Oops! I went awfully wrong in my last column. Contrary to my expectations of a stock market recovery, share prices fell consistently during the last week and key indices ended in the red, as gloom prevailed on the markets.
The benchmark key index of the Bombay Stock Exchange (BSE), the Sensex, fell about 6.96% over the previous week, while the S&P CNX Nifty dropped 5.3%.
Fears of a deepening of the recession in the US and continued flow of negative economic data kept sentiment depressed globally and even last week’s mega event—the inauguration of US President Barack Obama—failed to cheer the markets.
Gloom deepened after Royal Bank of Scotland Group Plc. forecast the biggest loss ever reported by an entity in the UK, and US companies posted poor financial results.
Back home, the situation was no better as last week’s corporate results contained no surprises and a rise in wholesale price inflation to 5.6% in the week to 10 January, from the previous week’s 5.24%— well above a forecast of 5.05%—also dented sentiment.
Also Read Vipul Verma’s earlier columns
Inflation rose as a truckers’ strike pushed up the prices of basic commodities.
Still, given that inflationary pressures are easing, the Reserve Bank of India, or RBI, is seen to have the room to cut policy rates further, according to some economists.
Dipping indices: A file photo of the Bombay Stock Exchange building. Contrary to expectations, share prices fell consistently during the last week and key indices ended in the red as gloom prevailed in the market. Ashesh Shah / Mint
But RBI, in its review of monetary policy on Tuesday, may hold rates steady. A cut in interest rates could be somewhere down the line, which would be key for reviving demand in the economy.
Technically, the markets are in a downward consolidation zone, but may edge up initially. Global factors are not supporting strength currently but technically, frontline indices are showing signs of a pullback.
In terms of the Sensex, the index on its way up would come across its first resistance at 8,881 points, which would be an important level. If the Sensex closes above this level, this would mean a breakout on the upside, which would trigger more gains.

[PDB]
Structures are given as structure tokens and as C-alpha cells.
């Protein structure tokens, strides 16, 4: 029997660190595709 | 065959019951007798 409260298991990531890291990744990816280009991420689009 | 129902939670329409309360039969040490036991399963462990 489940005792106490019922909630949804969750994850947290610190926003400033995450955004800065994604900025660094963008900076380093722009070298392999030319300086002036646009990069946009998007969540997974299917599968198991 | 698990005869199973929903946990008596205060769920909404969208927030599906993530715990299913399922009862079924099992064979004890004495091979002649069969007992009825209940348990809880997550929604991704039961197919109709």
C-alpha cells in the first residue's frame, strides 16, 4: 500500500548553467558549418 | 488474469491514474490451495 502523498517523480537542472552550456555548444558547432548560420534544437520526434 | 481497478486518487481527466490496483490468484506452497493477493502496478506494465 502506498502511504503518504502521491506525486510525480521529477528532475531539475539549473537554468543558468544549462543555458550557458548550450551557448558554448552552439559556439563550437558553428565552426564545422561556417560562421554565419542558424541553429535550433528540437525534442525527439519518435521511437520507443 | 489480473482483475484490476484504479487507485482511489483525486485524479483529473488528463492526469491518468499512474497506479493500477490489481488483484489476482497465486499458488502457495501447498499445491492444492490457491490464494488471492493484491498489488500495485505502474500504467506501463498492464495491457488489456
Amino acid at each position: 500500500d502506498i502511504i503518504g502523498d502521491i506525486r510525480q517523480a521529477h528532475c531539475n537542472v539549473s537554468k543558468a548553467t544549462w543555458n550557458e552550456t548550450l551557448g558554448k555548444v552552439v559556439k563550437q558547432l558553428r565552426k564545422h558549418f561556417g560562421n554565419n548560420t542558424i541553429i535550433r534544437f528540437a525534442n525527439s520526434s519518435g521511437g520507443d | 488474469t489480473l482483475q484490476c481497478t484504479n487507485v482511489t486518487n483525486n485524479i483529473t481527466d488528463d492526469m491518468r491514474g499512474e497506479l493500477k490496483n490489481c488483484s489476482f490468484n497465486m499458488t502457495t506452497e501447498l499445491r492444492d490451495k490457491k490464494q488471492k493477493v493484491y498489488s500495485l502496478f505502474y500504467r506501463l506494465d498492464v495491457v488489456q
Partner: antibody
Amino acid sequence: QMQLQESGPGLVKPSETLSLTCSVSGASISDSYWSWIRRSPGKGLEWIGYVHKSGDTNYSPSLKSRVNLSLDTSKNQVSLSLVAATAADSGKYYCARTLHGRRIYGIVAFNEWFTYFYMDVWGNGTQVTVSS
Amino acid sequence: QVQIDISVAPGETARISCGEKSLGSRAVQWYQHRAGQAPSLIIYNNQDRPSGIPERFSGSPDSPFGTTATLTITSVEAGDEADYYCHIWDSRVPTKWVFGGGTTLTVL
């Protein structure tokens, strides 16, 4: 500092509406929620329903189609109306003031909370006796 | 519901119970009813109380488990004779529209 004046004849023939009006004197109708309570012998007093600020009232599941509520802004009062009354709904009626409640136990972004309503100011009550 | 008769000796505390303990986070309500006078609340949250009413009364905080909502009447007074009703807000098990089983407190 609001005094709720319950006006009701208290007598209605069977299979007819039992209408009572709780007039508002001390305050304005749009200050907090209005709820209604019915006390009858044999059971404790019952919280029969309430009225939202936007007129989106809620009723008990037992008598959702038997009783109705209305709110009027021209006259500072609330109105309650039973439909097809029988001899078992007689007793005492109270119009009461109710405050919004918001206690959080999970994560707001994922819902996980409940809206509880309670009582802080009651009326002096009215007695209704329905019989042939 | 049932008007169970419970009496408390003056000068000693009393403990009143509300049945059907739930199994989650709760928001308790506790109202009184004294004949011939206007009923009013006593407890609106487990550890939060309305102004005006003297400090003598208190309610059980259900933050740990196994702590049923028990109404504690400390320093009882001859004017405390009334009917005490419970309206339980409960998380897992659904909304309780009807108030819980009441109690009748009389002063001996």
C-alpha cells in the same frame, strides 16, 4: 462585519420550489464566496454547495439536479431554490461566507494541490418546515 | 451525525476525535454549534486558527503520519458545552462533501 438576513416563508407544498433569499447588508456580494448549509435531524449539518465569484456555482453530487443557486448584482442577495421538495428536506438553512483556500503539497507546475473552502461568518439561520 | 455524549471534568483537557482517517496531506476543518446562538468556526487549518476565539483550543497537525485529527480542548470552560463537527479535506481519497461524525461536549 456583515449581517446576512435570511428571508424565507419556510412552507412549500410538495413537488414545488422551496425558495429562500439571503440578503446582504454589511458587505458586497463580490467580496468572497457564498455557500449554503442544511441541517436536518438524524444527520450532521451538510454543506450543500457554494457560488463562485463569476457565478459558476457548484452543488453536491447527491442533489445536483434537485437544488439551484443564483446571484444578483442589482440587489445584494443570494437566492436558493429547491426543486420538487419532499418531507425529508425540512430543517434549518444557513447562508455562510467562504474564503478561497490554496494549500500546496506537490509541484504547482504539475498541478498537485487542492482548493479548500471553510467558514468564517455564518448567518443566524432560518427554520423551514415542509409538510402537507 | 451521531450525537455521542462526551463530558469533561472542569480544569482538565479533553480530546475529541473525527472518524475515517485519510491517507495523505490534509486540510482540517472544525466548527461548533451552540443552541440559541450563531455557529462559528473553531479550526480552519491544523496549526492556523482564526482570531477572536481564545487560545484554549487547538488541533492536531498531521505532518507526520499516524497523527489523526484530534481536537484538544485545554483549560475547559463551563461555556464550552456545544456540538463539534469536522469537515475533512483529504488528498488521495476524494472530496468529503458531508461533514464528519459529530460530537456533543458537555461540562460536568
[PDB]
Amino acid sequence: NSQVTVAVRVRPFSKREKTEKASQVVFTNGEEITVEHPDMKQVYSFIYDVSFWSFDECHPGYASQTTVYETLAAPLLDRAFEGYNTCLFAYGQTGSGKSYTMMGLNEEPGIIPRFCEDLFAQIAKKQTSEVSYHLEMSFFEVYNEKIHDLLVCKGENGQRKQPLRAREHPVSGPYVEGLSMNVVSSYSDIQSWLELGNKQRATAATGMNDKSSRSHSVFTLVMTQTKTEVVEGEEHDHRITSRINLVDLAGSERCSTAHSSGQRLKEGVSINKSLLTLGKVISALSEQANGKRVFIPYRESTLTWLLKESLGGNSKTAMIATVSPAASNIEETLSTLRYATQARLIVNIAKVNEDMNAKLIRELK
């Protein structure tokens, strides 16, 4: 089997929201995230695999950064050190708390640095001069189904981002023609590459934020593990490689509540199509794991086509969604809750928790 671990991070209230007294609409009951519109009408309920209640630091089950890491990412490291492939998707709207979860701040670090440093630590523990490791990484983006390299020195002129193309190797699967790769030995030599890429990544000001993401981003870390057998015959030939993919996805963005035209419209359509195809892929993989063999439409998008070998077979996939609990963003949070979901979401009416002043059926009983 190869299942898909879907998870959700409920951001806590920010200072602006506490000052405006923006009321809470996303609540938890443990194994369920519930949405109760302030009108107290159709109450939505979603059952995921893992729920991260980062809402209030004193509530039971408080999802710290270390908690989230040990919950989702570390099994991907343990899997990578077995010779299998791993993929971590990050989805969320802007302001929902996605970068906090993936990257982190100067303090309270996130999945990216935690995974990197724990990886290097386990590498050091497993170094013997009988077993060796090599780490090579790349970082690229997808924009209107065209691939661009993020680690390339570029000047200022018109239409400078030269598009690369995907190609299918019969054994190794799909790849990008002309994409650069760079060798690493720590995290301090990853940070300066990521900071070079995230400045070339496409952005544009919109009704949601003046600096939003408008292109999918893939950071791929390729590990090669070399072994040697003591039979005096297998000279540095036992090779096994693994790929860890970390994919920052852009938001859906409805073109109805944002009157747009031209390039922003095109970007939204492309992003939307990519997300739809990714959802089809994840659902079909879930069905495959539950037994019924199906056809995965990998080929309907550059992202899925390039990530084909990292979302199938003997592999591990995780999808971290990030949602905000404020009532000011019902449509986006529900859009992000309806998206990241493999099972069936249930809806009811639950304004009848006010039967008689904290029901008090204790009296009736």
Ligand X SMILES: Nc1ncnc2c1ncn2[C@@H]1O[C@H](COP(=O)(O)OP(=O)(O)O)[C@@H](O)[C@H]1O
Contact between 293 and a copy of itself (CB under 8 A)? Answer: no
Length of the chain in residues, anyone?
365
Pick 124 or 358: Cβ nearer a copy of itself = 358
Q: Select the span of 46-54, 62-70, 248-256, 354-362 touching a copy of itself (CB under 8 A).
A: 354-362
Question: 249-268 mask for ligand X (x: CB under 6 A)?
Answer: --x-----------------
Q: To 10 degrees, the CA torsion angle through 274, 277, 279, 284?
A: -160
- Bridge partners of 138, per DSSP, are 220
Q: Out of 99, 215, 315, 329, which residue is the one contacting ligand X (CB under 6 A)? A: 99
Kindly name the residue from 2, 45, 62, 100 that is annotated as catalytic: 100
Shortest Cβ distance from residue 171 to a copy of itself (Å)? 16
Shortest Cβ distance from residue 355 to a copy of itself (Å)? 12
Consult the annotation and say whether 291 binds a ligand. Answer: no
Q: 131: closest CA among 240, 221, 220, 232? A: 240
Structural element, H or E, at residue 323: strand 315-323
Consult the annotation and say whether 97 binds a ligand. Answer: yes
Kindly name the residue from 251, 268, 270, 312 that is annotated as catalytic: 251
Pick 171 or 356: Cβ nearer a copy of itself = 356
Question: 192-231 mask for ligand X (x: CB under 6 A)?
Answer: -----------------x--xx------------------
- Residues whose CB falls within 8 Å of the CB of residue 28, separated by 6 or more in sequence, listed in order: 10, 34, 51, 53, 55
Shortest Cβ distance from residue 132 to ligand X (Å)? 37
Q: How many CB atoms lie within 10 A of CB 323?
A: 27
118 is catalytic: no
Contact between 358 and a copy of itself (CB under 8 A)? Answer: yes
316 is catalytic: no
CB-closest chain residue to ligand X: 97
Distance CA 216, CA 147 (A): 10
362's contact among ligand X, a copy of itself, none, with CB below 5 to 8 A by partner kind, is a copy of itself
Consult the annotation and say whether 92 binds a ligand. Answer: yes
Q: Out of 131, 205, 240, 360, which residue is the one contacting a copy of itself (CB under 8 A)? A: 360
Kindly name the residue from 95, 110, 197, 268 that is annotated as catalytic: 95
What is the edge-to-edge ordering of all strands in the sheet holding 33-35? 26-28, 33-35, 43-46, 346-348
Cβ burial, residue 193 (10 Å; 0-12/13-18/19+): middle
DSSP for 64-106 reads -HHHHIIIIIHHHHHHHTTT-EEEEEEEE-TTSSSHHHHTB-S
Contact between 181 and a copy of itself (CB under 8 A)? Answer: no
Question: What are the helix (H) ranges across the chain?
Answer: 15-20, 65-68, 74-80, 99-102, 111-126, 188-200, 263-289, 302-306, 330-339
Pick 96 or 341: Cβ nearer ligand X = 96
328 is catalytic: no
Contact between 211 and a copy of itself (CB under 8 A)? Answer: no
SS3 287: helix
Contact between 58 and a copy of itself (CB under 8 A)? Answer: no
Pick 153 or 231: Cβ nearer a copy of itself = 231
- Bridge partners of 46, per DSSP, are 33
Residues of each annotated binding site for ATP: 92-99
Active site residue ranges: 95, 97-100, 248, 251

The next resistance for a rising Sensex would come at 9,145 points, which would be a moderate level and may not offer enough resistance to the rising Sensex. If the Sensex closes above this level on good trading volumes, there would be further gains with the next resistance shifting to 9,287 points. This level might attract some profit selling, but it may not be detrimental to the upward momentum. If this level also is skirted on higher, rising volumes, there would be very strong resistance at 9,409 points. This level would be a decisive level for the Sensex, as a comfortable close above this would mean a significant rally.
On its way down, the Sensex would find its first support at 8,633 points, which is a moderate but important level. A close below this level would be an indication of a further decline as the support level would then shift to a band of 8,430-8,378 points.
Since this band is very critical, investors need to exercise caution. The importance of this band lies in the fact that if the Sensex rebounds from here or witnesses a sharp recovery following a knee-jerk reaction, this could well be the indication of a turnaround on the bourses and there could be further gains in the coming sessions.
But if the Sensex closes comfortably below this level on higher, rising volumes, this would be a convincing indication of stock market weakness with the next important support shifting to 7,713 points.
The S&P CNX Nifty, some gains are expected initially and on its way up, the Nifty would test its first resistance at 2,730 points.
This level would be a very important level for a rising Nifty, as a close above this level would trigger further gains with a probability of 85%.
The gains may not come in the form of a rally and would continue to be gradual, with the next resistance coming at 2,789 points. This level would be moderate but important. If this level attracts profit selling, there could be some decline in the Nifty.
A close above this level would mean caution giving way to confidence as the sentiment would start turning positive. These levels would not be confirming a trend.
However, if the Nifty edges up further, it would come across its next resistance level at 2,829 points, followed by critical resistance at 2,867. If the Nifty closes above this level, it would confirm a turnaround on the markets, with more gains accruing in the coming sessions.
On its way down, the Nifty would test its first and important support level at 2,661 points, which is quite close to the current closing of 2,678 points.
A fall below this level accompanied by high volumes would mean more declines and the support shifting to 2,573 points. This level would be a moderate support level, and a close below this would indicate a further decline. There would be next a very important and critical support at 2,519 points.
The probabilities are few for the Nifty to break past this level. If the Nifty closes below this level, market sentiment could turn more bearish.
Among individual stocks, Tata Tea Ltd, Reliance Industries Ltd and Union Bank of India look good on the charts.
Tata Tea, at its last close of Rs617.90, has a target of Rs632 and a stop-loss of Rs597.
Reliance Industries, at its last close of Rs1,156.15, has a target of Rs1,179 and a stop-loss of Rs1,103. Union Bank, at its last close of Rs144.10, has a target of Rs155 and a stop-loss of Rs136.
From the previous week’s recommendations, Suzlon Energy Ltd touched a high of Rs55.20 and met its target of Rs55. Reliance Capital Ltd also met its target of Rs444. Maruti Suzuki India Ltd triggered its stop-loss.
Vipul Verma is a New Delhi-based independent investment adviser. Your comments,questions and reactions to this column are welcome at email@example.com